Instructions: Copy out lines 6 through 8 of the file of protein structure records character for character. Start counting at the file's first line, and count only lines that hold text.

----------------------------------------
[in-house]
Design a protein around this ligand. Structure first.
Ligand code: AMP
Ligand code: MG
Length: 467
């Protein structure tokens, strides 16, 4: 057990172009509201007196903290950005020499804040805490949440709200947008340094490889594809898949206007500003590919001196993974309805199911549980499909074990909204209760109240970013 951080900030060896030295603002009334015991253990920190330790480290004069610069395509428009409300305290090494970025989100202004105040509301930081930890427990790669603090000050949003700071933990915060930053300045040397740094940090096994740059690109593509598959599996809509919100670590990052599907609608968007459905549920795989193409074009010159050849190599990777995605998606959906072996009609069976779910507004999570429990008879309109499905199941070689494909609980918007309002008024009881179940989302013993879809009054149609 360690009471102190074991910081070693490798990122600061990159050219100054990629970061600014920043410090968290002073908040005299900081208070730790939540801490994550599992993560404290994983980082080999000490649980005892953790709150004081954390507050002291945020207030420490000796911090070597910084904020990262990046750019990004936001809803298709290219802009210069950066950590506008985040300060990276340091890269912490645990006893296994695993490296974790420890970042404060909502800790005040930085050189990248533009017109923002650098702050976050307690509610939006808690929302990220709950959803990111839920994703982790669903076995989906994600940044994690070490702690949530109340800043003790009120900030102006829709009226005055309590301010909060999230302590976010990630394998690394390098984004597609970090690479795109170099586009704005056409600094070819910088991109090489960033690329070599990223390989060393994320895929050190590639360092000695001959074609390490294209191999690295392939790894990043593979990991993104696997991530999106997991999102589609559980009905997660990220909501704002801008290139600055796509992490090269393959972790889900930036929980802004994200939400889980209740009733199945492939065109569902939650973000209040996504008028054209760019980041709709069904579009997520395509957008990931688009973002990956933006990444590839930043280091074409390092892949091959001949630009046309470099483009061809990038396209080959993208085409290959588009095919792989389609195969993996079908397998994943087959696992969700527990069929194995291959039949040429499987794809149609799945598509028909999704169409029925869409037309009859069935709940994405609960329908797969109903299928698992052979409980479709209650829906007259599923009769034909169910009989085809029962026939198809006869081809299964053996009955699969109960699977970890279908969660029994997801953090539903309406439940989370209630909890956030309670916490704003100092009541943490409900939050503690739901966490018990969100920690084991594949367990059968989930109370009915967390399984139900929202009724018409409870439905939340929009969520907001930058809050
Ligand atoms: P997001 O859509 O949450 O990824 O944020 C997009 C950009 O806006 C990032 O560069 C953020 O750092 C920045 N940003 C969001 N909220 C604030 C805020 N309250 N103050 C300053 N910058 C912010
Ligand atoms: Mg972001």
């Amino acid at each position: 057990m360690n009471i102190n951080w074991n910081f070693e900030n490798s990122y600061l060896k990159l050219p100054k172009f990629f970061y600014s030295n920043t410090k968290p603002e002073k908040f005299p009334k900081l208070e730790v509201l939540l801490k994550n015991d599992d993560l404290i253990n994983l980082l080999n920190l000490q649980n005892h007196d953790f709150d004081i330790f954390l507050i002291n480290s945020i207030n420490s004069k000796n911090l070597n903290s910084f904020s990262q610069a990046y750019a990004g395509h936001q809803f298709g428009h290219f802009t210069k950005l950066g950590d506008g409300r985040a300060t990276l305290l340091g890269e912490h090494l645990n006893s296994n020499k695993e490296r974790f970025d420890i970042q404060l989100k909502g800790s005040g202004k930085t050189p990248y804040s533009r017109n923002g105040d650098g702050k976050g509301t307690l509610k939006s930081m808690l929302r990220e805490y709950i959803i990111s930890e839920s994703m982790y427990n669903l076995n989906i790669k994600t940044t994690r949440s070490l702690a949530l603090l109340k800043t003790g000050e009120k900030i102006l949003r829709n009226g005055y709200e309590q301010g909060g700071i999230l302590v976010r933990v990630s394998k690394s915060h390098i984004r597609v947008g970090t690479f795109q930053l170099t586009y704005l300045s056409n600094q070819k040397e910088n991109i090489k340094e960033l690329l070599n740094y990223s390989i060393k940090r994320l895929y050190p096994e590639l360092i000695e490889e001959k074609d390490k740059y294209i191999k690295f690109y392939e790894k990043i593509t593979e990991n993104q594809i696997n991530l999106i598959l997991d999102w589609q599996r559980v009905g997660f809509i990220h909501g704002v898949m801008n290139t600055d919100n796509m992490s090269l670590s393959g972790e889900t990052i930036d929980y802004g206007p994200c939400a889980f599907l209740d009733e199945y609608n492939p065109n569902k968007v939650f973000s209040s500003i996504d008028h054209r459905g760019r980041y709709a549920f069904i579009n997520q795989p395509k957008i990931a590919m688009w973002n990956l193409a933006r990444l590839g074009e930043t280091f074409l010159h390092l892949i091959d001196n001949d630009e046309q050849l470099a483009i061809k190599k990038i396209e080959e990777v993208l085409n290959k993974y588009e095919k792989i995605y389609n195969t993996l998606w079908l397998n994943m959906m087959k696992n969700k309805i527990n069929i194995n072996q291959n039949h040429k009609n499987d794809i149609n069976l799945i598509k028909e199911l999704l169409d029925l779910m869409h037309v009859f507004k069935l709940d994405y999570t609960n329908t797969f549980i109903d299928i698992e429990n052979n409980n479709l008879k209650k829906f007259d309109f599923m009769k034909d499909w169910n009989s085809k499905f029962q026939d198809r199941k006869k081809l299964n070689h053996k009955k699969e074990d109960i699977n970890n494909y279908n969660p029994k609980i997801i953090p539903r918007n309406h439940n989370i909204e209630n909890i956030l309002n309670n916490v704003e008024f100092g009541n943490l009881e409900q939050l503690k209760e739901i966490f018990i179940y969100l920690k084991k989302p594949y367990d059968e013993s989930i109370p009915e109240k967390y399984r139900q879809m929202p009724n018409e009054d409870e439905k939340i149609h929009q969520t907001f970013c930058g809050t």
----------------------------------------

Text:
């Protein structure tokens, strides 16, 4: 057990172009509201007196903290950005020499804040805490949440709200947008340094490889594809898949206007500003590919001196993974309805199911549980499909074990909204209760109240970013 951080900030060896030295603002009334015991253990920190330790480290004069610069395509428009409300305290090494970025989100202004105040509301930081930890427990790669603090000050949003700071933990915060930053300045040397740094940090096994740059690109593509598959599996809509919100670590990052599907609608968007459905549920795989193409074009010159050849190599990777995605998606959906072996009609069976779910507004999570429990008879309109499905199941070689494909609980918007309002008024009881179940989302013993879809009054149609 360690009471102190074991910081070693490798990122600061990159050219100054990629970061600014920043410090968290002073908040005299900081208070730790939540801490994550599992993560404290994983980082080999000490649980005892953790709150004081954390507050002291945020207030420490000796911090070597910084904020990262990046750019990004936001809803298709290219802009210069950066950590506008985040300060990276340091890269912490645990006893296994695993490296974790420890970042404060909502800790005040930085050189990248533009017109923002650098702050976050307690509610939006808690929302990220709950959803990111839920994703982790669903076995989906994600940044994690070490702690949530109340800043003790009120900030102006829709009226005055309590301010909060999230302590976010990630394998690394390098984004597609970090690479795109170099586009704005056409600094070819910088991109090489960033690329070599990223390989060393994320895929050190590639360092000695001959074609390490294209191999690295392939790894990043593979990991993104696997991530999106997991999102589609559980009905997660990220909501704002801008290139600055796509992490090269393959972790889900930036929980802004994200939400889980209740009733199945492939065109569902939650973000209040996504008028054209760019980041709709069904579009997520395509957008990931688009973002990956933006990444590839930043280091074409390092892949091959001949630009046309470099483009061809990038396209080959993208085409290959588009095919792989389609195969993996079908397998994943087959696992969700527990069929194995291959039949040429499987794809149609799945598509028909999704169409029925869409037309009859069935709940994405609960329908797969109903299928698992052979409980479709209650829906007259599923009769034909169910009989085809029962026939198809006869081809299964053996009955699969109960699977970890279908969660029994997801953090539903309406439940989370209630909890956030309670916490704003100092009541943490409900939050503690739901966490018990969100920690084991594949367990059968989930109370009915967390399984139900929202009724018409409870439905939340929009969520907001930058809050
Ligand atoms: P997001 O859509 O949450 O990824 O944020 C997009 C950009 O806006 C990032 O560069 C953020 O750092 C920045 N940003 C969001 N909220 C604030 C805020 N309250 N103050 C300053 N910058 C912010
Ligand atoms: Mg972001």